Jankowiak, K., Drießen, S., Kaifie, A., Kimpeler, S., Krampert, T., Kraus, T., Stunder, D. and Kursawe, M. (2021), Identification of Environmental and Experimental Factors Influencing Human Perception of DC and AC Electric Fields. Bioelectromagnetics. https://doi.org/10.1002/bem.22347
As part of the energy transition in Germany, high‐voltage direct current (HVDC) lines producing DC electric fields (EF) are in planning. Since the human perception of DC EF was rarely investigated in the past, we aimed to identify environmental and experimental factors influencing the human perception of direct current (DC) EF, alternating current (AC) EF, and the co‐exposure of DC EF and AC EF (hybrid EF) under whole‐body exposure. Additionally, first estimates of DC EF and AC EF perception thresholds as well as differences in human perception of DC EF and AC EF concerning the type of sensation experienced and the affected body part were evaluated. A highly sophisticated exposure lab was built to expose participants to various EF strengths and ask for their assessment concerning the presence of an EF. To estimate the individual perception thresholds of 11 participants, the signal detection theory as well as the single‐interval‐adjustment matrix procedure were applied. Relative humidity could be identified as an environmental factor influencing the perception of AC EF and DC EF in different ways. An appropriate ramp slope and an exposure duration for future studies could be elaborated. Additionally, perception thresholds were lower under hybrid EF exposure than under DC EF or AC EF exposure alone. Cutaneous sensations evoked under DC EF and AC EF exposure were individually different and attributed to various parts of the body. Several environmental and experimental factors influencing the human perception of EF could be identified and provide an essential basis for a large‐scale study. © 2021 Bioelectromagnetics Society.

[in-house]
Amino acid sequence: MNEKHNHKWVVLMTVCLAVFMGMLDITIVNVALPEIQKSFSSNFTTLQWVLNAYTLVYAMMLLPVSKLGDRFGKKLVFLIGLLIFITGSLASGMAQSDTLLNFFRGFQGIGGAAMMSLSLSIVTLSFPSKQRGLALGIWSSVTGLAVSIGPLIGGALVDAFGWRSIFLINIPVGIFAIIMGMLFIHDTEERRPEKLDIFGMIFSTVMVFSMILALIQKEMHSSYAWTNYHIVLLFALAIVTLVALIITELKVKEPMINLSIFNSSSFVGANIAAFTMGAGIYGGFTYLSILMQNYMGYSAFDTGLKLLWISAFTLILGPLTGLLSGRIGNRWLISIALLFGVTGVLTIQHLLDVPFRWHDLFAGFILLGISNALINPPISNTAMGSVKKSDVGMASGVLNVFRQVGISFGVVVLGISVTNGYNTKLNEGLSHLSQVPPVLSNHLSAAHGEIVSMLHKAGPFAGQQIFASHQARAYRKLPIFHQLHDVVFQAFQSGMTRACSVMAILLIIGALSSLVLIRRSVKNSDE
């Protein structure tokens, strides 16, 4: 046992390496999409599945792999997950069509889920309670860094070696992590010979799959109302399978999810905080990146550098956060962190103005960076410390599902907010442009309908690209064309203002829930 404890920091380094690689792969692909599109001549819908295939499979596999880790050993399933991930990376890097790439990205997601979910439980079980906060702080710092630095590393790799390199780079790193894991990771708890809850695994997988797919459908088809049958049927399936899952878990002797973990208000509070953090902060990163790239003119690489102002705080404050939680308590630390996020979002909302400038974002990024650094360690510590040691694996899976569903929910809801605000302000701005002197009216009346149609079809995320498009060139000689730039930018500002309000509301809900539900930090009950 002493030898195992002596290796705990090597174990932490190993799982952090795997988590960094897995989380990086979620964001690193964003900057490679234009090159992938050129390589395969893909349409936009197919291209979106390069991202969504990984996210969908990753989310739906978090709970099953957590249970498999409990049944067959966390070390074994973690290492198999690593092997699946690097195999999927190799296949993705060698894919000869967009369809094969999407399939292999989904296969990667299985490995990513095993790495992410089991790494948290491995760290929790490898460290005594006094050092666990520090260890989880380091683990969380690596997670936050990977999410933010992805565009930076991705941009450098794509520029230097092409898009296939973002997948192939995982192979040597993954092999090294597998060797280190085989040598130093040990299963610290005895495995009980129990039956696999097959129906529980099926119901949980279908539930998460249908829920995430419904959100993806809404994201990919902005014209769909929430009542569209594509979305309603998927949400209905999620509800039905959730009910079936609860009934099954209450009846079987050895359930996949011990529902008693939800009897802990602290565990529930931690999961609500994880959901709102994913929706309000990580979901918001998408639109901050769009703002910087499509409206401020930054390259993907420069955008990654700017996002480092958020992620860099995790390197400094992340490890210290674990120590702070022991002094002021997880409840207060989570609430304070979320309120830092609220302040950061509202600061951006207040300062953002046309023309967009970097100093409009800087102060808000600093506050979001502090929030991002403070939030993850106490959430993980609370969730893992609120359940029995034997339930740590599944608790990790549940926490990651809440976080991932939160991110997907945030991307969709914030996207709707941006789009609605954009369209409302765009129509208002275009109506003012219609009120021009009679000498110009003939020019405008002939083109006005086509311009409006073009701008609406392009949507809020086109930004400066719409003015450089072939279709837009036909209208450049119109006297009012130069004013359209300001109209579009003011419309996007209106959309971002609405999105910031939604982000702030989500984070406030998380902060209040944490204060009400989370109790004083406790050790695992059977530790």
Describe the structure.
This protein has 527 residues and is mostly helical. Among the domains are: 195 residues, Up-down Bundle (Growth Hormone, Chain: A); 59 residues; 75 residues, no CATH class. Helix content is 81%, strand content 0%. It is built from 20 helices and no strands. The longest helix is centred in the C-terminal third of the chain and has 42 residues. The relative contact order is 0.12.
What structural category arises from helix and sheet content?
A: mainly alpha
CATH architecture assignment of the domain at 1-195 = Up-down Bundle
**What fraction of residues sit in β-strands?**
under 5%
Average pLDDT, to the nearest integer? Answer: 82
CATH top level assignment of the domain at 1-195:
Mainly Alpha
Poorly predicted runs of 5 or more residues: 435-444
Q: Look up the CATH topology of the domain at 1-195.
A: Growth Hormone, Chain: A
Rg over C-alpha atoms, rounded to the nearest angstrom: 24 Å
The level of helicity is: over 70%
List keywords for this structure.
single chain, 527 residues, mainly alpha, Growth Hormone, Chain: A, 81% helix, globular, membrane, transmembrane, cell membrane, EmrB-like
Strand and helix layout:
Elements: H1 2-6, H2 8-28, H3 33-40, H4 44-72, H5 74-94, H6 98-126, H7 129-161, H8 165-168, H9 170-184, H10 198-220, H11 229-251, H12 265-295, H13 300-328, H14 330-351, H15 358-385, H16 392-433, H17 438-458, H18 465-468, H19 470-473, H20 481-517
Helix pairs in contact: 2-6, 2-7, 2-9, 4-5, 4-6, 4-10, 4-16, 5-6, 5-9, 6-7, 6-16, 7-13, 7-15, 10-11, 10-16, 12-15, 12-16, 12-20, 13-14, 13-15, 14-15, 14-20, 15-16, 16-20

Eleven healthy participants (9 men and 2 women) between the ages of 23 and 33 (mean: 25.45, SD: 3.17) were included in this pre‐study, whereby two participants dropped out during the period of the experiments (one participant moved; one started a full‐time job). Exclusion criteria were self‐reported electrosensitivity, persons fitted with electronic implants or indelible piercings, pregnant women, and persons suffering from skin diseases as well as neurological and psychiatric disorders, such as claustrophobia. Prior to inclusion, every participant underwent a careful anamnesis followed by a physical examination to assess medication, drug or alcohol abuse as well as cardiovascular, cutaneous, somatosensory, or mental abnormalities as well as signs of infection.
The main limitation of the current pre‐study is the small number of 11 participants, particularly regarding the large interindividual variations in detection thresholds.